Expired Study
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San Francsico, California 94143


Purpose:

Specific Objectives: - To determine if individuals who carry a decreased or non-functional variant of OCT1 exhibit differences in the pharmacokinetics of metformin in comparison to individuals who carry the common allele. - To determine if individuals who carry the decreased or non-functional variants exhibit differences in the response to metformin in comparison to individuals who carry the common allele.


Study summary:

In the proposed studies, we will address two questions: •Do individuals who carry one of OCT1 variants with reduced or no function exhibit differences in the pharmacokinetics of metformin in comparison to individuals who carry the common allele? Compared to wild type mice, Oct1-/- mice have reduced metformin distribution to the liver and intestine. We expect a similar pattern between persons who carry the variant OCT1 allele and those who carry the common allele. This effect might be reflected by a difference of Tmax or Cmax after oral administration of metformin. Other differences in metformin pharmacokinetic properties such as volume of distribution, half life and clearance may also be evident. •Do individuals who carry the decreased or non-functional variants exhibit differences in the response to metformin in comparison to individuals who carry the common allele? Specially, we will test the hypothesis that the OCT1-expressing tissues are target organs for metformin, and that individuals with the variant transporters may have reduced metformin uptake into these sites (is this the correct meaning?) and therefore a reduced drug response to metformin. In this study, we will evaluate metformin pharmacokinetics and glucose metabolic effects in healthy subjects rather than in patients with type 2 diabetes. Our rationale is as follows. The hepatic glucose production in diabetic patients is abnormally increased. Metformin decreases fasting blood glucose concentration by reducing hepatic glucose production and improving glucose utilization. However, the fasting blood glucose concentration is not decreased by metformin in non-diabetics who have a normal hepatic glucose production. It was suggested that the glucose-lowering effect of metformin was difficult to demonstrate in non-diabetics unless glucose concentrations were artificially raised. Although there are studies showing that metformin improves the glucose tolerance both in non-diabetics and diabetics, the results for non-diabetics have been inconsistent, depending on the variable experimental condition. Variation in OCT1 expression and activity may be one of those variables, and the time points for blood sampling after drug and glucose (meal) intakes may also be important to observe the glucose-lowering effect [16]. In this study, we employ a similar study design as that reported [16] to observe the glucose-lowering effect by metformin in healthy subjects. Before and after metformin administration, oral glucose tolerance test (OGTT) will be conducted. We expect a difference of glucose tolerance between different OCT1 genotypes, under the hypothesis that individuals with different OCT1 genotypes have different metformin concentrations in the target tissues, and hence have different glucose uptakes into (and so utilization in) the target tissues (primary muscle and liver). In non-diabetic healthy subjects, metformin significantly attenuated the rise in immediate postprandial insulin levels. In this study, we will also determine insulin levels after glucose administration. With metformin treatment, we expect to observe significant difference in post-glucose-administration insulin levels between individuals with different OCT1 genotypes. When mice were given metformin, the blood lactate concentration significantly increased in the wild-type mice, whereas only a slight increase was observed in Oct1-/- mice. This is consistent with our hypothesis that OCT1 is a determinant of metformin effect on glucose utilization. It will be interesting to compare plasma lactate concentrations after metformin treatment between individuals with different OCT1 genotypes. Metformin can improve lipid metabolism in obese and diabetics patients, which is reflected by the reduced plasma levels of free fatty acid, cholesterol, and triglycerides. However, in this study with a single dose of metformin, it may not be possible to observe those effects in healthy subjects, although the corresponding concentrations will be measured.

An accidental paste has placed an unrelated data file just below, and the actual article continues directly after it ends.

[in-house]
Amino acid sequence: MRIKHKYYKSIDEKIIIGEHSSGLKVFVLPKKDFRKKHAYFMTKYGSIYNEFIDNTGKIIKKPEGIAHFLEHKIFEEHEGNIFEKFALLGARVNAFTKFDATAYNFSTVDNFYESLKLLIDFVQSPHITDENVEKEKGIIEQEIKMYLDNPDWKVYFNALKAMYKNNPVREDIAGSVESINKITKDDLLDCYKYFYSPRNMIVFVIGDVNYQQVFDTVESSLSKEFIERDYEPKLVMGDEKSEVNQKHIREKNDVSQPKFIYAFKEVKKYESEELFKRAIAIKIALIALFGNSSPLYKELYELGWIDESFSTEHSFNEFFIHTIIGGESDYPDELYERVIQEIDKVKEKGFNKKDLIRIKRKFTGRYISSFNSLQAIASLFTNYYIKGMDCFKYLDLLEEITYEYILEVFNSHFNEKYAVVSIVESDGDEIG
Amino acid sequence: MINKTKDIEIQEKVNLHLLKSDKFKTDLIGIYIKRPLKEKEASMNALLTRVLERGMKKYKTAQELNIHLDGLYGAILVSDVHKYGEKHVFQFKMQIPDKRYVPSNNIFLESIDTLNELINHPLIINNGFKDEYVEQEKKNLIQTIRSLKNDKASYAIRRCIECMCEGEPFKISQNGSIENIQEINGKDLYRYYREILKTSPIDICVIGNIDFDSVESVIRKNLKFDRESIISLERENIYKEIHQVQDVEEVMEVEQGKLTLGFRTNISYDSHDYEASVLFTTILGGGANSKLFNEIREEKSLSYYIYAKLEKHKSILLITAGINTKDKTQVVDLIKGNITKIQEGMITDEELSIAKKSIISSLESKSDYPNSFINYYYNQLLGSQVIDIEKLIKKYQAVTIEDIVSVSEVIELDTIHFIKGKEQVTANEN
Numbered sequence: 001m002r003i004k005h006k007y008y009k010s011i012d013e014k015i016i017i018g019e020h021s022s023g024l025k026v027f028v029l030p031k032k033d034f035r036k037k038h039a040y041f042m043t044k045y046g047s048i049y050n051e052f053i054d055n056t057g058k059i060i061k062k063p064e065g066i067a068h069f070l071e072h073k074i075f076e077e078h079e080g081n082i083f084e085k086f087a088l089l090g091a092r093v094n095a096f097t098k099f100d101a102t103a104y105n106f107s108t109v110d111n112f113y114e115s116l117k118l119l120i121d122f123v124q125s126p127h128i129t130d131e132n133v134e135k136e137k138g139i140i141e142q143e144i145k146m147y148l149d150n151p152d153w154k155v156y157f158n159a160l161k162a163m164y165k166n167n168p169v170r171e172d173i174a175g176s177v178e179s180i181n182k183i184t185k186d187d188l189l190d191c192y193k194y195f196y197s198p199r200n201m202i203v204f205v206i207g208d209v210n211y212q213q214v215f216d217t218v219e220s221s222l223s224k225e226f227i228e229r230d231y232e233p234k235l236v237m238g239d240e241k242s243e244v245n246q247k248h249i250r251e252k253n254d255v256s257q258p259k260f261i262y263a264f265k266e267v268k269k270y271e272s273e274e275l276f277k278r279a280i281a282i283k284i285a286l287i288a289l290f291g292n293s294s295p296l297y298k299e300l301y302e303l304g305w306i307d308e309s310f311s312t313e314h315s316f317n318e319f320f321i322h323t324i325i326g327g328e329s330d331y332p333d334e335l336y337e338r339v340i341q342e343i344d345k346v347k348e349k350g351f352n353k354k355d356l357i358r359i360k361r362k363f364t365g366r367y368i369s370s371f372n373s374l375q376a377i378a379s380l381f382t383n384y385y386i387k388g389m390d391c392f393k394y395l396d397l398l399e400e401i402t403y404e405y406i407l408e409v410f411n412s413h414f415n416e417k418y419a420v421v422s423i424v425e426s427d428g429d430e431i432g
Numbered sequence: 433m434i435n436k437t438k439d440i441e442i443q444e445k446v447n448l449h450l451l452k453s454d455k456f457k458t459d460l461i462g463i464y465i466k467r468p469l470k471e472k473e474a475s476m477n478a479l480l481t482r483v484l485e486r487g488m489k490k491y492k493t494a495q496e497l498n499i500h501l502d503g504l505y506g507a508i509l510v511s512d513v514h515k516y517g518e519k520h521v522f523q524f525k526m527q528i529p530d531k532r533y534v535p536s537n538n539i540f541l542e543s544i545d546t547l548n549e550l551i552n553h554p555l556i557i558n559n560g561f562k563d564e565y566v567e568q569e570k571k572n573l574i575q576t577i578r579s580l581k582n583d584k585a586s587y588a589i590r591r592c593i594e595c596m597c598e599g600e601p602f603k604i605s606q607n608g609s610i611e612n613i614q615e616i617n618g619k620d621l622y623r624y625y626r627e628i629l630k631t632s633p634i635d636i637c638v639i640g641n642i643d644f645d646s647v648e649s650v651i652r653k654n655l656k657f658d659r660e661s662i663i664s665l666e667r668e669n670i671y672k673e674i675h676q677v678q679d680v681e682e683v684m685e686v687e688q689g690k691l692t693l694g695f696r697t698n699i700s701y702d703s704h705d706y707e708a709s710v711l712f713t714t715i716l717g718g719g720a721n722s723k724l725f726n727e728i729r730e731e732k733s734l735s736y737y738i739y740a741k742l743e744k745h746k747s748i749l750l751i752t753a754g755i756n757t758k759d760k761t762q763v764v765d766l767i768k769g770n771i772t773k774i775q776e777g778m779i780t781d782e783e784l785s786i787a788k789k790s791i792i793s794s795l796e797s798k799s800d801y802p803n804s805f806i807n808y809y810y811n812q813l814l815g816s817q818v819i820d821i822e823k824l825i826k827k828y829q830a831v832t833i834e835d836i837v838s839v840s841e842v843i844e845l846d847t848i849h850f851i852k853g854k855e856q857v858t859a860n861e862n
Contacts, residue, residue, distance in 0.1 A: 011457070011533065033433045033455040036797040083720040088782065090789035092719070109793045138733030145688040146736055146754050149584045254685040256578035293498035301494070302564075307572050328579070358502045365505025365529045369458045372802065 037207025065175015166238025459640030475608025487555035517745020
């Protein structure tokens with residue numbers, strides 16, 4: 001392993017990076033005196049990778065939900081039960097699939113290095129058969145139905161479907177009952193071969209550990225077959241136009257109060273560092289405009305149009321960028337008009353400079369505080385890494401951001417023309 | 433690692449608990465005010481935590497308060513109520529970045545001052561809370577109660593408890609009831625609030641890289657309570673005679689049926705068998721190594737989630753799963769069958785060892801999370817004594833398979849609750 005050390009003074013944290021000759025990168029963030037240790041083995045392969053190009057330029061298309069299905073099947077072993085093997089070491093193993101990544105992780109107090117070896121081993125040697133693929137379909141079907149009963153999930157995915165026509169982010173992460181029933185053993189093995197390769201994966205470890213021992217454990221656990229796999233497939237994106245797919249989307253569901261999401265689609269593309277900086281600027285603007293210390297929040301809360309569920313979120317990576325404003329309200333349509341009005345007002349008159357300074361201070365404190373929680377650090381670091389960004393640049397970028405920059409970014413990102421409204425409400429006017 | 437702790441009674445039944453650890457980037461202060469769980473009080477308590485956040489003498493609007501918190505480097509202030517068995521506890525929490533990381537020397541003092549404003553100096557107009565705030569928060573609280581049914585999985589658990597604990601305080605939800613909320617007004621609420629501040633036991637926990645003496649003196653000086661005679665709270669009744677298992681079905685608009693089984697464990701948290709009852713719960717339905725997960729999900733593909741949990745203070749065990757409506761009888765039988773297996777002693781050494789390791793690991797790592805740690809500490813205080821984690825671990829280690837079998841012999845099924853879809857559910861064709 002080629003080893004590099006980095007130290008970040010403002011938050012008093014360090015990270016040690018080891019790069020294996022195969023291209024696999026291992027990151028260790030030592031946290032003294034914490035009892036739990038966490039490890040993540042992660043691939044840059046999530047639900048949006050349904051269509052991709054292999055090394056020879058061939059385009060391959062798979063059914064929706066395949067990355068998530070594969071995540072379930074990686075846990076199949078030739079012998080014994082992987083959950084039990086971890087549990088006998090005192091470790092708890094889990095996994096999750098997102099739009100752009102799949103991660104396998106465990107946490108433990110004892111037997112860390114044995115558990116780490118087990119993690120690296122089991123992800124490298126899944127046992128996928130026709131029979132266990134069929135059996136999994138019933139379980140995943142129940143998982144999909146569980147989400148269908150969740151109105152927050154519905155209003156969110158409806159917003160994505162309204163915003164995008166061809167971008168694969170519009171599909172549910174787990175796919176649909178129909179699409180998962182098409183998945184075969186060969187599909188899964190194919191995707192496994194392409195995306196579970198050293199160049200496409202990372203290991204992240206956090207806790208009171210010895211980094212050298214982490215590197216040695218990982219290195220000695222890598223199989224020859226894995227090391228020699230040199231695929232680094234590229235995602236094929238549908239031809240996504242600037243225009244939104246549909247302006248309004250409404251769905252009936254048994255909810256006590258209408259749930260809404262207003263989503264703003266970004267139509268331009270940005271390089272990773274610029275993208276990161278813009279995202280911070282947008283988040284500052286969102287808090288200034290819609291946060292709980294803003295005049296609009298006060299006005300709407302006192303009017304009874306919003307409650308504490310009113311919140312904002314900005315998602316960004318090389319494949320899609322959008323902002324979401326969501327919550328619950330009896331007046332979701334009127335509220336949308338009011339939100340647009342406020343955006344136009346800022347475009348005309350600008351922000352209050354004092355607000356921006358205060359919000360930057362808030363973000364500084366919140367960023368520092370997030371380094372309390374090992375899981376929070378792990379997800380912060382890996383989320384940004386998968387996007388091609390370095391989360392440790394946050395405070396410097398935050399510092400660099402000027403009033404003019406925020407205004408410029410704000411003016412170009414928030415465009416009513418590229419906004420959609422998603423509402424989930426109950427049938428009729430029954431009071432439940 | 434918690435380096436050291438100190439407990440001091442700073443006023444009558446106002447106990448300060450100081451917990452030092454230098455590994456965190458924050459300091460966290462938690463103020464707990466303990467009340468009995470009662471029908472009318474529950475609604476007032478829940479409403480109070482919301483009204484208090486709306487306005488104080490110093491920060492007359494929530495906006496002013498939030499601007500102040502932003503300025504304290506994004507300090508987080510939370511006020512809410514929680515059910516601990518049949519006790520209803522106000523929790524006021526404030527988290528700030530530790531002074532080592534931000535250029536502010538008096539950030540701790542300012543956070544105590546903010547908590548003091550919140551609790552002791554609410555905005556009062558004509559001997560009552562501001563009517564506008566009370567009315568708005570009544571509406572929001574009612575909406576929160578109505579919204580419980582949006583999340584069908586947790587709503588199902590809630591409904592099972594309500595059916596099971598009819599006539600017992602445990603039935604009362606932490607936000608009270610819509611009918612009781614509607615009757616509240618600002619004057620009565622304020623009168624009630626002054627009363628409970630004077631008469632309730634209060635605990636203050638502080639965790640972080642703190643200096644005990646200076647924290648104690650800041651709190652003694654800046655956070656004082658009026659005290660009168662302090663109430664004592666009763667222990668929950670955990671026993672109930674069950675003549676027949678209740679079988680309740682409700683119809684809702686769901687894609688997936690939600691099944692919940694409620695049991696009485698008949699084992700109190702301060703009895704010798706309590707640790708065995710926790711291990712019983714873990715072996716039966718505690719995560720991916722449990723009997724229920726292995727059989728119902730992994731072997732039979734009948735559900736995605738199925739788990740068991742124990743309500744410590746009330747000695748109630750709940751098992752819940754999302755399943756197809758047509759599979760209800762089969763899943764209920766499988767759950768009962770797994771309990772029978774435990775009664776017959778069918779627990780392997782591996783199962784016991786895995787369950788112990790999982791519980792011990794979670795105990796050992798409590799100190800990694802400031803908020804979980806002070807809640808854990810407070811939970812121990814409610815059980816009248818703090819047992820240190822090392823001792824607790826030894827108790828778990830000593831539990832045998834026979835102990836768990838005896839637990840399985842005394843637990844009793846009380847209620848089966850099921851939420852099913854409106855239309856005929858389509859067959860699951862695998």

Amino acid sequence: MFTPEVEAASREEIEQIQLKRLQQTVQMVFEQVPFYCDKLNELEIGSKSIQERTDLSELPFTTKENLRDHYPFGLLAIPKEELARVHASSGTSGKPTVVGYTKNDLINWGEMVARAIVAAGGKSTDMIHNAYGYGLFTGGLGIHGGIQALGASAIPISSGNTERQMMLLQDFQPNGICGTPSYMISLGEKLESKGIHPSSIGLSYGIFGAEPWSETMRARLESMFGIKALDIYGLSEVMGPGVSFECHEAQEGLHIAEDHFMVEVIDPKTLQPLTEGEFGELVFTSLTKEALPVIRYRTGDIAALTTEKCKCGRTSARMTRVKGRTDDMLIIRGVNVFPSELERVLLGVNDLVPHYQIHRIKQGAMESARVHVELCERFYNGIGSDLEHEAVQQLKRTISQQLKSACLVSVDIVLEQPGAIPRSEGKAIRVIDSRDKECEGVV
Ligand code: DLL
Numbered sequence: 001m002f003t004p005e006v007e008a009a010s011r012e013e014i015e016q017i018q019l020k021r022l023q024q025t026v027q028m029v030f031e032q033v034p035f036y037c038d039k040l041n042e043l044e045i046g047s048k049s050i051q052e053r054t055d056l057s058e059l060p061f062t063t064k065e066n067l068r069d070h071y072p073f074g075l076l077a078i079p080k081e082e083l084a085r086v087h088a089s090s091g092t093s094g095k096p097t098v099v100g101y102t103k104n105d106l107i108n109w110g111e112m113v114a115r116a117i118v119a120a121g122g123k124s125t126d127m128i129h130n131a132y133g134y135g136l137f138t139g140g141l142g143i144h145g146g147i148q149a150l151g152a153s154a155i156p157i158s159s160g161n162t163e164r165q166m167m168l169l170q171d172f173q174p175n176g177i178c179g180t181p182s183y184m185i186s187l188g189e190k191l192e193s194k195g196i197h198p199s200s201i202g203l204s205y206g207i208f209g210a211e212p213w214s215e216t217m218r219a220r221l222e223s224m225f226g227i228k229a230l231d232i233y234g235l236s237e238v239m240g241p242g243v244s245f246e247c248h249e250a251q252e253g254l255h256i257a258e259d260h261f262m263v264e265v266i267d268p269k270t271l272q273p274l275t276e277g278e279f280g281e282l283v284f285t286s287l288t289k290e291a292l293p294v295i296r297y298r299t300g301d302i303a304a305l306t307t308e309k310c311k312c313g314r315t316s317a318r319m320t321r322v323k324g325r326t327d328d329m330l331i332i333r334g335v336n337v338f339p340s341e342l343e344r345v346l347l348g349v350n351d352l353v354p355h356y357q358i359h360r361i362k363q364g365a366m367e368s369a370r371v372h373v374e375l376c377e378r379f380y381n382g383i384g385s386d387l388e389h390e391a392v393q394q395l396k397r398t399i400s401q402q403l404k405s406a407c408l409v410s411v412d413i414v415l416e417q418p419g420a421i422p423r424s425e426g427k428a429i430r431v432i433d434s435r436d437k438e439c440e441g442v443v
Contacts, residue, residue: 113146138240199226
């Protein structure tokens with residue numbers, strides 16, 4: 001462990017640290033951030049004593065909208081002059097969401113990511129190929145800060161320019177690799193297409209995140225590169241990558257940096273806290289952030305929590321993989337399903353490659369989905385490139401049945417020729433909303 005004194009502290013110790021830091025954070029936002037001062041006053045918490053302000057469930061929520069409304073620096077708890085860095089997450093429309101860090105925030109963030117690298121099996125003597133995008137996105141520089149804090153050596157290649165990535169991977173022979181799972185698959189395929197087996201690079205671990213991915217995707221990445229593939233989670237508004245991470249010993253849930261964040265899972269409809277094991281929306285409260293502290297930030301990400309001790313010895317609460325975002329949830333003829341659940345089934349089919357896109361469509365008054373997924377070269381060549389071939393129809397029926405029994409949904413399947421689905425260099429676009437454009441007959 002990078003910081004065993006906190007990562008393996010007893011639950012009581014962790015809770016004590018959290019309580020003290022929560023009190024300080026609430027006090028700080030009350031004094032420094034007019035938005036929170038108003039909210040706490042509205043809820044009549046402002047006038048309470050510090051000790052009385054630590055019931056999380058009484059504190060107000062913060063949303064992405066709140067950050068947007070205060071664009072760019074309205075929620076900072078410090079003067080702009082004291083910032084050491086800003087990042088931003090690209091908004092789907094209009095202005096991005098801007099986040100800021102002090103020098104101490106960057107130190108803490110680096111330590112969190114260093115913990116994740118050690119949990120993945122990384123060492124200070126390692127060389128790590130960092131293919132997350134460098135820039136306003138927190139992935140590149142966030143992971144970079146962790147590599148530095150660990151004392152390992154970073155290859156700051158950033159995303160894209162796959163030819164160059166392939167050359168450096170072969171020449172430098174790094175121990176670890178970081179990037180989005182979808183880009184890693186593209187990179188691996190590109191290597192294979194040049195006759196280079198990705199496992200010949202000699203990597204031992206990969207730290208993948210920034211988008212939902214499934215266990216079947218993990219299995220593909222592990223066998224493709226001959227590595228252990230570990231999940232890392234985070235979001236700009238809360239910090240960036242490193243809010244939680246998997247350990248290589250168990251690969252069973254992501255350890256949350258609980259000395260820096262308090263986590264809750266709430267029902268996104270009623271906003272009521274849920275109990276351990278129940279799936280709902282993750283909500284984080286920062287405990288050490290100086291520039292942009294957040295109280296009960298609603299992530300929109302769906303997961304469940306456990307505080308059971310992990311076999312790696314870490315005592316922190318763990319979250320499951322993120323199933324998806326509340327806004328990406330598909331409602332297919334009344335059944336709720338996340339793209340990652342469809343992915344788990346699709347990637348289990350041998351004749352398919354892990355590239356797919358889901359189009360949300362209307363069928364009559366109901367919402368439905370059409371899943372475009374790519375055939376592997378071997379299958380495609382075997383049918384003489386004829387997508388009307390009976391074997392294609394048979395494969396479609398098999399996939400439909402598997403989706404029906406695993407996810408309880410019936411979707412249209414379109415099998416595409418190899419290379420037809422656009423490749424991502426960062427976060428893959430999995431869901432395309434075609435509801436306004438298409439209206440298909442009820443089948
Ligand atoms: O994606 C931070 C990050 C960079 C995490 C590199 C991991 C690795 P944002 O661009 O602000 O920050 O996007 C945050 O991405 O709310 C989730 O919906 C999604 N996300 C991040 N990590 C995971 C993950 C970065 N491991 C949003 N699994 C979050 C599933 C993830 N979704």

Criteria:

Inclusion Criteria: - Previous participation in the SOPHIE study. - Between the ages of 18 and 40. - Possess a specific OCT1 genotype. Exclusion Criteria: - Taking any medications other than vitamins - Individuals with anemia (hemoglobin < 12 g/dL), an elevation in liver enzymes to higher than double the respective normal value, or elevated creatinine concentrations (males ≥ 1.5 mg/dL, females ≥ 1.4 mg/dL) - Pregnant at time of study.


NCT ID:

NCT00187681


Primary Contact:

Principal Investigator
Kathleen M Giacomini, PhD
University of California, San Francisco


Backup Contact:

N/A


Location Contact:

San Francsico, California 94143
United States



There is no listed contact information for this specific location.

Site Status: N/A


Data Source: ClinicalTrials.gov

Date Processed: November 18, 2019

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